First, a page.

Other attempts at solving the flammability problem have centered on the use of inherently non-flammable fabrics such as fiberglass which can be used, for example, in draperies. It is known, however, that the glass fibers are self abrasive in that they rub against each other, thereby becoming self-destructing due to the abrasive action. Thus, hand washing and line drying is, out of necessity, the recommended cleaning procedure for such fabrics. Moreover, the brittle and broken glass fibers tend to be very irritating to the skin, thus rendering any of the applications of the fabric unsuitable where there is extensive skin contact. Fiberglass fabrics usually contain flammable sizing binders and/or finishes to provide an aesthetic appearance.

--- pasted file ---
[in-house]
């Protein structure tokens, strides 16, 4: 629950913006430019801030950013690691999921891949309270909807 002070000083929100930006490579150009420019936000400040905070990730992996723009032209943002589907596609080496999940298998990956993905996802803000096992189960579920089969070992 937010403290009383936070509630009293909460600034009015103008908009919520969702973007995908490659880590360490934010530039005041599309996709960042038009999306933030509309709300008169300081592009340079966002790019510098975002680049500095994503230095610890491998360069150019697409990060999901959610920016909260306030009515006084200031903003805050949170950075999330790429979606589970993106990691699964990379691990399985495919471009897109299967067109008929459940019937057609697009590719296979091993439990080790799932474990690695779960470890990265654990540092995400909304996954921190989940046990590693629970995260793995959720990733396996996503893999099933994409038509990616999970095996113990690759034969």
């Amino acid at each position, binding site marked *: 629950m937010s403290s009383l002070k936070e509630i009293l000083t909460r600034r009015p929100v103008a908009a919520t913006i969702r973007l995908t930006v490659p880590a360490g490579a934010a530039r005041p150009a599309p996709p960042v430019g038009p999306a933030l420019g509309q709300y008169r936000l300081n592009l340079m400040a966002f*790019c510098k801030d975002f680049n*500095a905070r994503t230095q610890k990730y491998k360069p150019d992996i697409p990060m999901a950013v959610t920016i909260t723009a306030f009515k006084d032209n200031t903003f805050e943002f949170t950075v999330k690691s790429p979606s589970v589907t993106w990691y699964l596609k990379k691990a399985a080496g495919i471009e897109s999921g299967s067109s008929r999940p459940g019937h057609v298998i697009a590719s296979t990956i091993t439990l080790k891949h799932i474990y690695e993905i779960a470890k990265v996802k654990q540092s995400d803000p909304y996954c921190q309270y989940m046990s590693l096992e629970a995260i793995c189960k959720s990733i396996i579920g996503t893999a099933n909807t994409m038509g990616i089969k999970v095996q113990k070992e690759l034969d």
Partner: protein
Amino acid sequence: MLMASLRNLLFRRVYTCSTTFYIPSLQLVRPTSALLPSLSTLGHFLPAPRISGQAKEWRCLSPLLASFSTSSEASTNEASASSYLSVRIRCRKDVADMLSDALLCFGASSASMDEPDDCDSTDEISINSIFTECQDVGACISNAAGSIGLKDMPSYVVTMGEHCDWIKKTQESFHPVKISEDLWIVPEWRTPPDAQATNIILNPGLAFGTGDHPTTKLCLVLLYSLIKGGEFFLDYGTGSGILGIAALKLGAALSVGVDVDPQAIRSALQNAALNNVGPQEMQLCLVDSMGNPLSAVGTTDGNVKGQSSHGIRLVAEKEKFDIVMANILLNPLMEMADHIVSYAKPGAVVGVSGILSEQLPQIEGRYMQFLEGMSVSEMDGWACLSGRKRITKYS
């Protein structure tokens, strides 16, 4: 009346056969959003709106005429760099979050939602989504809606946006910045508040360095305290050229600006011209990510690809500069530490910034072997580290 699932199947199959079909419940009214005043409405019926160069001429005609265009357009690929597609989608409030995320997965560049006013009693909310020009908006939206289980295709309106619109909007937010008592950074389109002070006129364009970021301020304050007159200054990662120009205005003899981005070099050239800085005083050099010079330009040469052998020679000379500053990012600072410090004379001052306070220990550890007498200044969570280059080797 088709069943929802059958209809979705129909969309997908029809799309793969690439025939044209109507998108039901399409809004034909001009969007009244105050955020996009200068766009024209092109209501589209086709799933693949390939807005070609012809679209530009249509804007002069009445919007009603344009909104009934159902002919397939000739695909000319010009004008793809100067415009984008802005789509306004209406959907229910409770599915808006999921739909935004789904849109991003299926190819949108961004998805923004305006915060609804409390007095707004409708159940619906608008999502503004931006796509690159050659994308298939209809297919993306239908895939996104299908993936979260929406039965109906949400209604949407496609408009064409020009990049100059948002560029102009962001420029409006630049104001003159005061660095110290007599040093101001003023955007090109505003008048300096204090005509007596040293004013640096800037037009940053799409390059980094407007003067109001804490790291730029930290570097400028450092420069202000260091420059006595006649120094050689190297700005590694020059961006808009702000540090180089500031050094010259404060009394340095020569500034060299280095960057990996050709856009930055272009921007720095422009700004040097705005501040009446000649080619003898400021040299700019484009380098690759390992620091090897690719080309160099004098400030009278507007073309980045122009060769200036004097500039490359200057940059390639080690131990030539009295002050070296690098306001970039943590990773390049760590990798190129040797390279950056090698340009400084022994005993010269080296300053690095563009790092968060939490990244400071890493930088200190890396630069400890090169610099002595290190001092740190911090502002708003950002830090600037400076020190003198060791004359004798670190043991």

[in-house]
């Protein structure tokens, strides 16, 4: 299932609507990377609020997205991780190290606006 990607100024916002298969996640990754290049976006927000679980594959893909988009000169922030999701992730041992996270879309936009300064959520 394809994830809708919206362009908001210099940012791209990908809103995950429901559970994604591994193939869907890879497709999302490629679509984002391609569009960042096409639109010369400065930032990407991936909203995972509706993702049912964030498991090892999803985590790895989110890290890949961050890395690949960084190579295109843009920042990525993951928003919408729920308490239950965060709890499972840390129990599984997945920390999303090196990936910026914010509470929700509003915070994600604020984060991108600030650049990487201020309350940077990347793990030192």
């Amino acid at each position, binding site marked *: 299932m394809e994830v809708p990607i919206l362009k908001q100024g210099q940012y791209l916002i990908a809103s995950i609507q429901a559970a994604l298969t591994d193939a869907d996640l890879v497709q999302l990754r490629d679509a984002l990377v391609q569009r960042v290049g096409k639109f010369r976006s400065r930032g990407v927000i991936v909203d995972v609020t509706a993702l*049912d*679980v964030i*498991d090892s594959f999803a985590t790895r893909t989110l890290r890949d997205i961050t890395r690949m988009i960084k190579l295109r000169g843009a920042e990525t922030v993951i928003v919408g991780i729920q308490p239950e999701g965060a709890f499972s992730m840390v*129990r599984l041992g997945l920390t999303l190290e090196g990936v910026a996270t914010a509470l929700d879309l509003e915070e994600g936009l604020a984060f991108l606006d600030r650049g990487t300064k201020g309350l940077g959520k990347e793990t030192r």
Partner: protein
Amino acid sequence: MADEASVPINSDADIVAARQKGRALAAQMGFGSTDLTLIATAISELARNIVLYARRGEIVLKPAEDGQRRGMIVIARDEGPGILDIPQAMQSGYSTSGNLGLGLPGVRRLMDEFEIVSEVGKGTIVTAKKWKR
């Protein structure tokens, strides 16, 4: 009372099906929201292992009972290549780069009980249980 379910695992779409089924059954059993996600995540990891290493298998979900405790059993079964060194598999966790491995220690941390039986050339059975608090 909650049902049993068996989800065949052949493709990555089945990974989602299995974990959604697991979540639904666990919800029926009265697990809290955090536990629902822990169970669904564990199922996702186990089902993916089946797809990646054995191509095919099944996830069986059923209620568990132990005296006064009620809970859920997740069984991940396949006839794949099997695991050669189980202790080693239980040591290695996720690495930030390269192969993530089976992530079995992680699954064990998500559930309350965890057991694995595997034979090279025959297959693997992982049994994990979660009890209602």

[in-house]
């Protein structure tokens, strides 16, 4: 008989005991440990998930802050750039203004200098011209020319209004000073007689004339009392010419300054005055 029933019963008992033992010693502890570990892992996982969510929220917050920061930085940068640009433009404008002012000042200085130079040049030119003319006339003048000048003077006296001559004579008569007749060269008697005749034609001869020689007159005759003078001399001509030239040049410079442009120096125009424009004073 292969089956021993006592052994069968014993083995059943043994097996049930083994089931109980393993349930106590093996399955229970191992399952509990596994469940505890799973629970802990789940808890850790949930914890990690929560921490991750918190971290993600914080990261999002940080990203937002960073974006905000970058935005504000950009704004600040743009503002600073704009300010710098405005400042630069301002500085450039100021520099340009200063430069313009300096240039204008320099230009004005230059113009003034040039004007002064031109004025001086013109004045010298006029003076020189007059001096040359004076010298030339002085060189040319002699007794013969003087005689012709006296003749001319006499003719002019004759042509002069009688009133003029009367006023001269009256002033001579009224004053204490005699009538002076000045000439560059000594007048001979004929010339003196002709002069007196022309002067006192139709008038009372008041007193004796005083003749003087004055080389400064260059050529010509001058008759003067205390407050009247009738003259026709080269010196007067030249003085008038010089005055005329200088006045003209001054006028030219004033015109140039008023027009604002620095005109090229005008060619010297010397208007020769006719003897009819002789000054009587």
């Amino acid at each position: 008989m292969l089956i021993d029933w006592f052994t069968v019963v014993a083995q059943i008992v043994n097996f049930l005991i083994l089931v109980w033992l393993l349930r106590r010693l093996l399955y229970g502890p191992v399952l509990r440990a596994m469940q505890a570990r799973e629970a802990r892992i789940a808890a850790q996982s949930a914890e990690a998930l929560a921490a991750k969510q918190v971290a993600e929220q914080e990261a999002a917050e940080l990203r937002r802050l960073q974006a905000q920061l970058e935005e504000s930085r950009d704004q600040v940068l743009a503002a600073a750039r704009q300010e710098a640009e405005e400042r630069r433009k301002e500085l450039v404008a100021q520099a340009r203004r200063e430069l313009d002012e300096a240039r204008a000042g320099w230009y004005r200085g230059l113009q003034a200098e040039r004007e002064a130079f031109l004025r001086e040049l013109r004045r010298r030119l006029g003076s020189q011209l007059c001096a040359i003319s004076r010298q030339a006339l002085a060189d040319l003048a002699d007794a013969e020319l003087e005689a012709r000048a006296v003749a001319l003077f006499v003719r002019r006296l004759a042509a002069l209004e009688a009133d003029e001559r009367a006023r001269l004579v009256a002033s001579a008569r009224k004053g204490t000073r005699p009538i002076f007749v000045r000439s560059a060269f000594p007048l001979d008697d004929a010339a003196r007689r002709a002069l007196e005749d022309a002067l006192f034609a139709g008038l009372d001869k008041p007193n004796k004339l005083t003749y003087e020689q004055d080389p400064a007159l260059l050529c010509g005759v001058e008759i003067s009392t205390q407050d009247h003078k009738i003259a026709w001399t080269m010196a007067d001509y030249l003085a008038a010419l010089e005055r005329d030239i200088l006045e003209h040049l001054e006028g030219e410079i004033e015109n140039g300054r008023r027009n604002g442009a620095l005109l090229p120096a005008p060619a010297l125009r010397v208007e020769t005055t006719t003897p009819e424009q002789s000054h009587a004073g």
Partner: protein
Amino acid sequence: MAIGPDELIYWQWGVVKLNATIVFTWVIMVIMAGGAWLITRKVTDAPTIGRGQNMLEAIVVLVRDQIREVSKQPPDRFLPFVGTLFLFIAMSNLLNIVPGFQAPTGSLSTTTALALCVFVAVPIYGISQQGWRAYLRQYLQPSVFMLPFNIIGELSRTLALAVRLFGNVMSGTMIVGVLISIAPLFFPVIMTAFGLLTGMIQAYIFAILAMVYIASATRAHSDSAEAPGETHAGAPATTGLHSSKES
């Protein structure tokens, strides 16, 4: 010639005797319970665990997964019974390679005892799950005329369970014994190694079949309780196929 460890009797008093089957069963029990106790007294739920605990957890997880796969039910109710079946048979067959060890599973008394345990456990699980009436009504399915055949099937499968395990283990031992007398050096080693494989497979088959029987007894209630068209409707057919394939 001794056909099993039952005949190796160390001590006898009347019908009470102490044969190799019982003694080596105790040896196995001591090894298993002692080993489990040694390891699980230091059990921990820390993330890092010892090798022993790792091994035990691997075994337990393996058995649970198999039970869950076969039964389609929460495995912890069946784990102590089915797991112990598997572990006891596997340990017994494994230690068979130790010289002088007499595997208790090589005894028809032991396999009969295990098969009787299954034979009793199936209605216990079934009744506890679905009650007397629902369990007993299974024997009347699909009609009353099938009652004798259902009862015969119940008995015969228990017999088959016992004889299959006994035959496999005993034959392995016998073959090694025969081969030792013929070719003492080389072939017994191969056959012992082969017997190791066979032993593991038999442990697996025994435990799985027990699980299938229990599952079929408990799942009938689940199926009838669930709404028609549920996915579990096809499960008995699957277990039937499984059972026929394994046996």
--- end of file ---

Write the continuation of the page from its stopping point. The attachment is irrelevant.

Consequently, there is a need for fabrics, battings and the like which not only provide fire shielding properties but also are light weight and can be fabricated into aesthetically acceptable fabrics for clothing, home, and commercial use. More particularly, there is a need for low cost, disposable, fire resistant, non-woven, fusion bonded fabrics which are easy to manufacture.
U.S. Pat. No. 4,588,635 to Donovan discloses light weight thermal insulation material which is a blend of spun and drawn, crimped, staple, synthetic polymer microfibers having a diameter of from 3 to 12 microns, and synthetic polymeric staple microfibers having a diameter of more than 12 and up to 50 microns. However, the insulation material is flammable.